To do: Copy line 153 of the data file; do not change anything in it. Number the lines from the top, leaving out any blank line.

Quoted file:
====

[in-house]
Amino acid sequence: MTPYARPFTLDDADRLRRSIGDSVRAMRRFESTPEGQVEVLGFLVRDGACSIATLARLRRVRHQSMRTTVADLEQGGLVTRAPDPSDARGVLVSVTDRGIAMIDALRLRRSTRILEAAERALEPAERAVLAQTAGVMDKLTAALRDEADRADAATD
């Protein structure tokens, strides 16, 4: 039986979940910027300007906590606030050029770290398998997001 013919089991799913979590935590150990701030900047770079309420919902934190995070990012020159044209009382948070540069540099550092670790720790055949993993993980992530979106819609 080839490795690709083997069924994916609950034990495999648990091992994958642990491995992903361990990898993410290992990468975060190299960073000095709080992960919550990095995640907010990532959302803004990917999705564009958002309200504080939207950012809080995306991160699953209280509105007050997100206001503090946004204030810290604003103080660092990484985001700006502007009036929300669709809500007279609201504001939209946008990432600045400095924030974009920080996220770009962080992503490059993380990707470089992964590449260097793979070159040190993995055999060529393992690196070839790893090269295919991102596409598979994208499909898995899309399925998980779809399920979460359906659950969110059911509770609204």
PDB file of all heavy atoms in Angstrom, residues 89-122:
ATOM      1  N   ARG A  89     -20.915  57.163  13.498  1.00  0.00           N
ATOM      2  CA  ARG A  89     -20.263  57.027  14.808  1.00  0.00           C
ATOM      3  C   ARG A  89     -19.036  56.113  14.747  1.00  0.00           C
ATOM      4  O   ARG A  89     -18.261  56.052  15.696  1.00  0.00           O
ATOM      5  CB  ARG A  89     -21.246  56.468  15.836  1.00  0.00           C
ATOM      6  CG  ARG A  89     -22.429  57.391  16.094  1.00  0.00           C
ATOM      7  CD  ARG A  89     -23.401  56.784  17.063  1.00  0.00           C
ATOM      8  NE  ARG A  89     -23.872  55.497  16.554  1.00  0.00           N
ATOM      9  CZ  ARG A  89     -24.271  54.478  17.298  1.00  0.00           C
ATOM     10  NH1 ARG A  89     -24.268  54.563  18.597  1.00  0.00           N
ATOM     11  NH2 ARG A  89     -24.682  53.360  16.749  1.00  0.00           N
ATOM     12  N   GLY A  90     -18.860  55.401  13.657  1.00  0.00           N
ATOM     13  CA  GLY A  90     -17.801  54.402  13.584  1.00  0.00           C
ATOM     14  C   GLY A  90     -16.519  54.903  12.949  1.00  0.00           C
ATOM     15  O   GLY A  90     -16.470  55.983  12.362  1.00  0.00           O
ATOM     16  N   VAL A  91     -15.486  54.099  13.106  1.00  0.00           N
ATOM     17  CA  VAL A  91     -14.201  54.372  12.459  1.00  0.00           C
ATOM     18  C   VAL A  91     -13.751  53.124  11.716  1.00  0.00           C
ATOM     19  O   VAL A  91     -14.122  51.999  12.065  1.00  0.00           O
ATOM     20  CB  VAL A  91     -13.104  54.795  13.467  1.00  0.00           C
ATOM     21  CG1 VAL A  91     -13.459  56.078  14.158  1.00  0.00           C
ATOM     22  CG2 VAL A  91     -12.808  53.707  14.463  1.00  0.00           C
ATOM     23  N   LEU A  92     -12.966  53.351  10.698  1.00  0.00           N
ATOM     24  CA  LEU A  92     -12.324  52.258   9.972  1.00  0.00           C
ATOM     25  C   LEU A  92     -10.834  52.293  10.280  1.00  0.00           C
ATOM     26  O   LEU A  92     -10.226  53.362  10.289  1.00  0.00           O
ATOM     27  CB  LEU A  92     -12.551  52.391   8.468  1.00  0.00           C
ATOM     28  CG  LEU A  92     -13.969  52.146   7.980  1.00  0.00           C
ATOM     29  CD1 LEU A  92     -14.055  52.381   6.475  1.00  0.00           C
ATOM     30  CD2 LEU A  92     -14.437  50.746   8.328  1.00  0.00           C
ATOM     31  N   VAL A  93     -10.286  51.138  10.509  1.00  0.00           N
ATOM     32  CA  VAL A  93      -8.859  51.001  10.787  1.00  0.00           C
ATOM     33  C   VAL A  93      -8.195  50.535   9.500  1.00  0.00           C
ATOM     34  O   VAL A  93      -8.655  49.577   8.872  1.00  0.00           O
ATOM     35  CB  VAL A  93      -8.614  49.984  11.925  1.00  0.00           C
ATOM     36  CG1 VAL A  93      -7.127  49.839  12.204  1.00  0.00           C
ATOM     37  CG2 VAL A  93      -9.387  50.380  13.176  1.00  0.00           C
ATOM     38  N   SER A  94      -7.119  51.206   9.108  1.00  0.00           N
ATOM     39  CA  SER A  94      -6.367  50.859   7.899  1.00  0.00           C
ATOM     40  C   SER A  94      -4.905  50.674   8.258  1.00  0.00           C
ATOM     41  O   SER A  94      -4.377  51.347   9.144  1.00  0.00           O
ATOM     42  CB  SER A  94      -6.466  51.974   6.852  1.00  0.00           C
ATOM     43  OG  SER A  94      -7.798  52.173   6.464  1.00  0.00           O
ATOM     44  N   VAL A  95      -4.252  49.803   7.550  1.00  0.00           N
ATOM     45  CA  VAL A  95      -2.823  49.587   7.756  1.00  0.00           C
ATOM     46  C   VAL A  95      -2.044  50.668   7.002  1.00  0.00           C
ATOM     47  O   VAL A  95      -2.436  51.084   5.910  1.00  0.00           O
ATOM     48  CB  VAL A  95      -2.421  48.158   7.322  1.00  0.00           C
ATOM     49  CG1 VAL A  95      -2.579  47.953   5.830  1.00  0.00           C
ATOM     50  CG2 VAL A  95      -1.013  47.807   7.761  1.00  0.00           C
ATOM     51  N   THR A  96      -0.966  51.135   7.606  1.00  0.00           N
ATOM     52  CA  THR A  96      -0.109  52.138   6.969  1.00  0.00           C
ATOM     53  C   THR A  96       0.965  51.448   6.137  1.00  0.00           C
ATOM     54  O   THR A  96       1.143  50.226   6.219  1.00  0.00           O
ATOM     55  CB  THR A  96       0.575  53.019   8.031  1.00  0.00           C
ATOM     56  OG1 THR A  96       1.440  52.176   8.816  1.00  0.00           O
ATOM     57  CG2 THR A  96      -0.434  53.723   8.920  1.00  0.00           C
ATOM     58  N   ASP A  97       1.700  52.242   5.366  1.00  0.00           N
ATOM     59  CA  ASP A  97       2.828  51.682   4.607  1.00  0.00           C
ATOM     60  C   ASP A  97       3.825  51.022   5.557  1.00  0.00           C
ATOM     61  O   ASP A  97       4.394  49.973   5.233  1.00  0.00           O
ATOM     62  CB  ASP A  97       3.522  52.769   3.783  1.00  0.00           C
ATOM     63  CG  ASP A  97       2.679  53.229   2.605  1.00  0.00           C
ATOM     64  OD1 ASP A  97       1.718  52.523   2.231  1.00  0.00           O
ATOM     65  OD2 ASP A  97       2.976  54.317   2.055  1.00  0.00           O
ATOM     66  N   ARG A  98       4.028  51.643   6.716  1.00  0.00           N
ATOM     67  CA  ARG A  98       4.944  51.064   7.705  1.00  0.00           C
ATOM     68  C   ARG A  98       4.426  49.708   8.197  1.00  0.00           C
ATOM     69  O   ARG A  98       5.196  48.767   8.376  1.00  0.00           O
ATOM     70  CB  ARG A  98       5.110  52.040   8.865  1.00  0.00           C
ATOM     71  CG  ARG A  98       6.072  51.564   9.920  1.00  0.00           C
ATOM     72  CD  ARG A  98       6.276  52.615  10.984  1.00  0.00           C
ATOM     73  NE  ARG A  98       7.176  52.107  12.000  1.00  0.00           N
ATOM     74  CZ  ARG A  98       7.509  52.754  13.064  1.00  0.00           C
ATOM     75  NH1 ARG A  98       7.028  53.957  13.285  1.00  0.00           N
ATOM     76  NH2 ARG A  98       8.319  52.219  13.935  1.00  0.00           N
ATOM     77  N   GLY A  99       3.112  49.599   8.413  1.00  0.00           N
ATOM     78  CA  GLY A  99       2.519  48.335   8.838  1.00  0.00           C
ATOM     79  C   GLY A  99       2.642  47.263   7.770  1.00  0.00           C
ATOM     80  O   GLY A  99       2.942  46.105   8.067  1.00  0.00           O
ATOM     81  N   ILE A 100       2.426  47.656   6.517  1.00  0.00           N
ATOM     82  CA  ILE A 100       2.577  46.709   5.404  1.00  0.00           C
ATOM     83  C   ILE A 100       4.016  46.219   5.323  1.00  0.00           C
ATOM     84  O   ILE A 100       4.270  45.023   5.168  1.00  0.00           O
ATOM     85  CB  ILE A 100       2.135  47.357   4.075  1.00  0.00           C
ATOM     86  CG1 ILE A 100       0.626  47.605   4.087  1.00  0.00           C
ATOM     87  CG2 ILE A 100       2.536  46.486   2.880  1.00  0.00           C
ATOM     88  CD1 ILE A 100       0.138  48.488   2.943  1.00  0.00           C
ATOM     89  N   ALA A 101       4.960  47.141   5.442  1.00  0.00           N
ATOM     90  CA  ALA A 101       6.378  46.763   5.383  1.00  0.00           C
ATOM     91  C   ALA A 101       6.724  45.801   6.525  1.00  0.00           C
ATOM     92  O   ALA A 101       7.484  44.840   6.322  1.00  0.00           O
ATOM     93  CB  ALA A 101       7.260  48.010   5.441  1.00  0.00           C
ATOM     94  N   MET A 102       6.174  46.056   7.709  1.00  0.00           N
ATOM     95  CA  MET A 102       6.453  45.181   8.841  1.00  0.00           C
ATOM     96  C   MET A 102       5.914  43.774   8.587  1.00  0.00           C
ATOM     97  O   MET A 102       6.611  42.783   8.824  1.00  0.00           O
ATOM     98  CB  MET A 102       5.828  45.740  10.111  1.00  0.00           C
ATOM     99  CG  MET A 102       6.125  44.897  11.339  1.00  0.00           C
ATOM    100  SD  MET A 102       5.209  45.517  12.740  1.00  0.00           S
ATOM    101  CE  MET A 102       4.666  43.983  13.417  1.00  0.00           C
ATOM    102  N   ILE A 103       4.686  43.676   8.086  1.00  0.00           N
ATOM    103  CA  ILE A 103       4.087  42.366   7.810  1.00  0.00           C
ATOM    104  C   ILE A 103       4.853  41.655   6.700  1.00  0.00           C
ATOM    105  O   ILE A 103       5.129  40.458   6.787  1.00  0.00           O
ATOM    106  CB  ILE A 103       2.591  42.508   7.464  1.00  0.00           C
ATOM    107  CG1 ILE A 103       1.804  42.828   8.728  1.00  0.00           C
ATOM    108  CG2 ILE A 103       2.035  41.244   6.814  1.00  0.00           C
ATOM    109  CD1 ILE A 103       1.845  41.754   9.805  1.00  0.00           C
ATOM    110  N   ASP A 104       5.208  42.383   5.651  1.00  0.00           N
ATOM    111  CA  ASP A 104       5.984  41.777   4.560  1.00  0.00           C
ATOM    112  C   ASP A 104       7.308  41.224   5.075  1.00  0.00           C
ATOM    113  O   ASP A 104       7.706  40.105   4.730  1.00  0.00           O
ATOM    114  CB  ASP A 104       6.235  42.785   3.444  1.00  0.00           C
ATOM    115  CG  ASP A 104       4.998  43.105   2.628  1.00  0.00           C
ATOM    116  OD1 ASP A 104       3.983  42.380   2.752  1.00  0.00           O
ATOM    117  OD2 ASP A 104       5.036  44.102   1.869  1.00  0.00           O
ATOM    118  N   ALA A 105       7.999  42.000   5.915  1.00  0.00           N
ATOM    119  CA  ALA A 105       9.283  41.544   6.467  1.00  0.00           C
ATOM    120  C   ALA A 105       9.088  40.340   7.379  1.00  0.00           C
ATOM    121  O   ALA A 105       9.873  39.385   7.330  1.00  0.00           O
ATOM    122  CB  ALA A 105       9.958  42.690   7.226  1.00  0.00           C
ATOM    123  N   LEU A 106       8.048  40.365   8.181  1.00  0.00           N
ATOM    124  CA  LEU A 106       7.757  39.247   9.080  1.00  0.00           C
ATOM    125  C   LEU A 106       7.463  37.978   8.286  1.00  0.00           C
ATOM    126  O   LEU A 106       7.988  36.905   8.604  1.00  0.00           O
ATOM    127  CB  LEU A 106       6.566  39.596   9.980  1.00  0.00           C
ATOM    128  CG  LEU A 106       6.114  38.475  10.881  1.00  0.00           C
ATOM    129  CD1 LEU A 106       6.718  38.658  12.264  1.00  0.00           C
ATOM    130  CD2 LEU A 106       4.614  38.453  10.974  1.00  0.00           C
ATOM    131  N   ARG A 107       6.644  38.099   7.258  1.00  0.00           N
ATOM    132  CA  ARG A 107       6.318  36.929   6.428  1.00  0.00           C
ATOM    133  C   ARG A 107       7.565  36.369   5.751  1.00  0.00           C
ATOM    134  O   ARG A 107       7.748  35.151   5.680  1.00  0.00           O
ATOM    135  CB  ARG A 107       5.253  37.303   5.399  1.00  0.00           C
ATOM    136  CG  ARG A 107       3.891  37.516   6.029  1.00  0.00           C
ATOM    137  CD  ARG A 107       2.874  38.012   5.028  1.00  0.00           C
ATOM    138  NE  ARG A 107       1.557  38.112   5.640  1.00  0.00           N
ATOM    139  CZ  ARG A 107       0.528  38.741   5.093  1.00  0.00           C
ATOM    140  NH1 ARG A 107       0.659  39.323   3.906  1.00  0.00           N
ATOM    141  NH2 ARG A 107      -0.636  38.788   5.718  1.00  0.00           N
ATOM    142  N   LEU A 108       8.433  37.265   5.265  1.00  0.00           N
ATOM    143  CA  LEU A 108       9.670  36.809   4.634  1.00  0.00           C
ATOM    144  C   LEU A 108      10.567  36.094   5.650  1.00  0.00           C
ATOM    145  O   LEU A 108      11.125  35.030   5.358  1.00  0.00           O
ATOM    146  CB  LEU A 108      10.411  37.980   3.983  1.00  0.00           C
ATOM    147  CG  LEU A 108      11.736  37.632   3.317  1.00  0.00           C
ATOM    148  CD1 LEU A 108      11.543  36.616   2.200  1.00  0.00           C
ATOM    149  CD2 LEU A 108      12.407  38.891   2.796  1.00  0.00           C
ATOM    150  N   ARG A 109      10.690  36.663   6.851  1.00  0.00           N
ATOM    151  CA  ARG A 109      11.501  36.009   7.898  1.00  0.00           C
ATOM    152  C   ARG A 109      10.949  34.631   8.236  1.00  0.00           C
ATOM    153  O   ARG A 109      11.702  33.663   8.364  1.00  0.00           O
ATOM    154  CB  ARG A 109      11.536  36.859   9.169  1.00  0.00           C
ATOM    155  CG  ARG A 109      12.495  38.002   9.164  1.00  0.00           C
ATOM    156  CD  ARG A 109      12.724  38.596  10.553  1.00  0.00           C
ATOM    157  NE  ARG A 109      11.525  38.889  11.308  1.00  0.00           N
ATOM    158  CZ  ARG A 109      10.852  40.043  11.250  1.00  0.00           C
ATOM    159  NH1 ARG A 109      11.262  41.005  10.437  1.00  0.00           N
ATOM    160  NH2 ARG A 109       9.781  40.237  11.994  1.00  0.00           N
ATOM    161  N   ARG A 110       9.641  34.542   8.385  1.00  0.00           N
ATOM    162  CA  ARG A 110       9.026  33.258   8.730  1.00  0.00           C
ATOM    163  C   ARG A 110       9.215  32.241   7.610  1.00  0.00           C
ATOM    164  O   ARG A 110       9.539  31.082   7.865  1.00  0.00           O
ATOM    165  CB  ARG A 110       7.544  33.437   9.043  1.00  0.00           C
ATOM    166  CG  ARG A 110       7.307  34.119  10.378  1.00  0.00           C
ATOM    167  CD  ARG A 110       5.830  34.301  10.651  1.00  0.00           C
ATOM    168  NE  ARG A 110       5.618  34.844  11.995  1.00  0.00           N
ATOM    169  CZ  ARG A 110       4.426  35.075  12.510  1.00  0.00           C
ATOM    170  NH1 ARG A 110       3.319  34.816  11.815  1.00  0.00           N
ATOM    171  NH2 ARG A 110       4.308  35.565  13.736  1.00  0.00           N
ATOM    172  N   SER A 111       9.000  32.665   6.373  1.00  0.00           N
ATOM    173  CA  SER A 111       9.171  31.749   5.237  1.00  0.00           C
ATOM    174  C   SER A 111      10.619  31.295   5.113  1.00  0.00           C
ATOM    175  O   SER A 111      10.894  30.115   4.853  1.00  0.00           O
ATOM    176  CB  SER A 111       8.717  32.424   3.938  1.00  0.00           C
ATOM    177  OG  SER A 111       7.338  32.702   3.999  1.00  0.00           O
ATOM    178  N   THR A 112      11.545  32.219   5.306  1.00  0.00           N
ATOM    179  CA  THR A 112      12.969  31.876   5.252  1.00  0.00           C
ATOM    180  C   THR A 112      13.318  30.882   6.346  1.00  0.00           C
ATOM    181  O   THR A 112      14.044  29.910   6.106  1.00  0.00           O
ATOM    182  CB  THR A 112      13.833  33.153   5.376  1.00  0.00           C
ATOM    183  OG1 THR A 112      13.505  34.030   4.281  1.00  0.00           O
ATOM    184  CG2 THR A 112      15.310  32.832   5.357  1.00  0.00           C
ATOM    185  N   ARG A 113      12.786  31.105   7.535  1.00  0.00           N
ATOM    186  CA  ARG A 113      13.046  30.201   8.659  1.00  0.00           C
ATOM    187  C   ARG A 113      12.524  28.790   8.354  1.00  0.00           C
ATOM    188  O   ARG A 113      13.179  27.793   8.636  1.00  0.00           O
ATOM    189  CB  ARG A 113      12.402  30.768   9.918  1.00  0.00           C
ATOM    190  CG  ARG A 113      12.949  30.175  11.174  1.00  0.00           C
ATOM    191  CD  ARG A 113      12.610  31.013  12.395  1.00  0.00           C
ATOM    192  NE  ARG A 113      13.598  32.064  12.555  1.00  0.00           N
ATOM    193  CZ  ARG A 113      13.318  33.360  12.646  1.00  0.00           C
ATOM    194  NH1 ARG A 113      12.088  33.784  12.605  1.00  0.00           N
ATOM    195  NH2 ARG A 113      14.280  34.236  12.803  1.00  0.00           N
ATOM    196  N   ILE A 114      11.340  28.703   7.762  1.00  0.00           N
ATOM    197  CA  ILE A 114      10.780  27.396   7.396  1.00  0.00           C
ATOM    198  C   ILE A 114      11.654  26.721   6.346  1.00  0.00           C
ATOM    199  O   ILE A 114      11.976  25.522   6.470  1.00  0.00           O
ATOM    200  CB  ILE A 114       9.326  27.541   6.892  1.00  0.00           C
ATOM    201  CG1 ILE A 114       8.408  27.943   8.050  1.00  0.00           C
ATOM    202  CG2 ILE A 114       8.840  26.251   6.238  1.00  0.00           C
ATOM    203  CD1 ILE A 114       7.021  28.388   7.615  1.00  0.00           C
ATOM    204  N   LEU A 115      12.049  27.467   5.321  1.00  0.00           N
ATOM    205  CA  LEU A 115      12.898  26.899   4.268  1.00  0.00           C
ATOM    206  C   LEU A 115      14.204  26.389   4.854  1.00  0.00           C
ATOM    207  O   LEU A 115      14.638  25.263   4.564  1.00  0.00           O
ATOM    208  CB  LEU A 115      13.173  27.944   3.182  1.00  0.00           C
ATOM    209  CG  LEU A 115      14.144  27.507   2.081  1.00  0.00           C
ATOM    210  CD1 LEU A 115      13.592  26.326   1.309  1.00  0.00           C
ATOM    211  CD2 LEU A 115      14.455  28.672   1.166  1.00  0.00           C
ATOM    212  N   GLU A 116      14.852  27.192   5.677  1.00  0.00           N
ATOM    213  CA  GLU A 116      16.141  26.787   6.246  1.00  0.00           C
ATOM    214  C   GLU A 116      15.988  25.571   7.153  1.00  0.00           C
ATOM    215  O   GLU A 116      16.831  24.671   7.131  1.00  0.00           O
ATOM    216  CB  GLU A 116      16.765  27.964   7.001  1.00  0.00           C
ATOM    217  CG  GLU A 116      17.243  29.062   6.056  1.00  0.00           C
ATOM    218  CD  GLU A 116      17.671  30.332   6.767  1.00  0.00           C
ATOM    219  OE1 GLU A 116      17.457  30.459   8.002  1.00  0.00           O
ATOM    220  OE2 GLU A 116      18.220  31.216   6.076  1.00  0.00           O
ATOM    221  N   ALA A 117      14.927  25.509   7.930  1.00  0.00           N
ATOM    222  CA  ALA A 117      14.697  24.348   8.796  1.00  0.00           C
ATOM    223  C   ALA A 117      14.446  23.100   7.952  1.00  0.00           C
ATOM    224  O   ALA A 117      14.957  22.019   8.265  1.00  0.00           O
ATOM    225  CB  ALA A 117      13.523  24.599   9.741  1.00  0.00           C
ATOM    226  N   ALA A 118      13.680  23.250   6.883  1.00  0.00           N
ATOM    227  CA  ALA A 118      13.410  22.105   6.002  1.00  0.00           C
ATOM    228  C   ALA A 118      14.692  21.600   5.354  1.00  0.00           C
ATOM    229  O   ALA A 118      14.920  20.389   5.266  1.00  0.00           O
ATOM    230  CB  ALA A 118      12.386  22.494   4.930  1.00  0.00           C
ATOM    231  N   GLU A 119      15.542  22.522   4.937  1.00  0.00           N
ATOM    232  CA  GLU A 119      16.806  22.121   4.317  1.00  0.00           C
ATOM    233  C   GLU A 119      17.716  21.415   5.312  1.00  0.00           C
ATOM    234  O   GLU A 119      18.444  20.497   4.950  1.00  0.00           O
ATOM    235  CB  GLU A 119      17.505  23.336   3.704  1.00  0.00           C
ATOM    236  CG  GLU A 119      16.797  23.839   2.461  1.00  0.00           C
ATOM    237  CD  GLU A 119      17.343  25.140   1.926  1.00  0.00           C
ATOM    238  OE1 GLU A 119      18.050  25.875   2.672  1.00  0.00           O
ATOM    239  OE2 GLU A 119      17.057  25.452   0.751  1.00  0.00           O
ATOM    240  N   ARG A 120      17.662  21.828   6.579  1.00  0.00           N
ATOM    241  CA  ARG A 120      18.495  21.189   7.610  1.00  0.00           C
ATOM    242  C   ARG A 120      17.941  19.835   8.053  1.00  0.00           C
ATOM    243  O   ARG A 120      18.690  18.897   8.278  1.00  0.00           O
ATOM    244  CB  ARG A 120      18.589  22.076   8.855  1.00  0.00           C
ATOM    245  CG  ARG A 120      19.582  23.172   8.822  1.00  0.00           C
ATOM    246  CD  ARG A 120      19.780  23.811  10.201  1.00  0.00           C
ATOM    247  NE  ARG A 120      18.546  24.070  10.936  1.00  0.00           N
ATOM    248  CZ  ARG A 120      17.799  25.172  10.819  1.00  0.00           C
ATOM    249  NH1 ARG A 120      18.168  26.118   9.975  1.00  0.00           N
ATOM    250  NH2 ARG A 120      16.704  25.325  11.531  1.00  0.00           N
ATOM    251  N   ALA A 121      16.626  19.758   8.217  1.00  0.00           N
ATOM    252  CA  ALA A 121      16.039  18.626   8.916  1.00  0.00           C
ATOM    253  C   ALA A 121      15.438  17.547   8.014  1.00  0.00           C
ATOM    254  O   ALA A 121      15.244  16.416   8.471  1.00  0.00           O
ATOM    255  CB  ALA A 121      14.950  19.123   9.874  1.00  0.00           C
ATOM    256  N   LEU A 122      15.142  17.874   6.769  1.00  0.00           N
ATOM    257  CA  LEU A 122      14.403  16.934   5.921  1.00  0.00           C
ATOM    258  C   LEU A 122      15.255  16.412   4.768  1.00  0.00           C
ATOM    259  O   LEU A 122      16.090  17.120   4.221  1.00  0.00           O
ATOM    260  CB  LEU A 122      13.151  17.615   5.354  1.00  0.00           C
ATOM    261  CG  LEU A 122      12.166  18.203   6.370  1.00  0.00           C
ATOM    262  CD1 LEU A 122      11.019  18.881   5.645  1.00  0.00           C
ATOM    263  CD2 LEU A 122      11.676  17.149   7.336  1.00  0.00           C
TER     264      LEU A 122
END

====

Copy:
ATOM    149  CD2 LEU A 108      12.407  38.891   2.796  1.00  0.00           C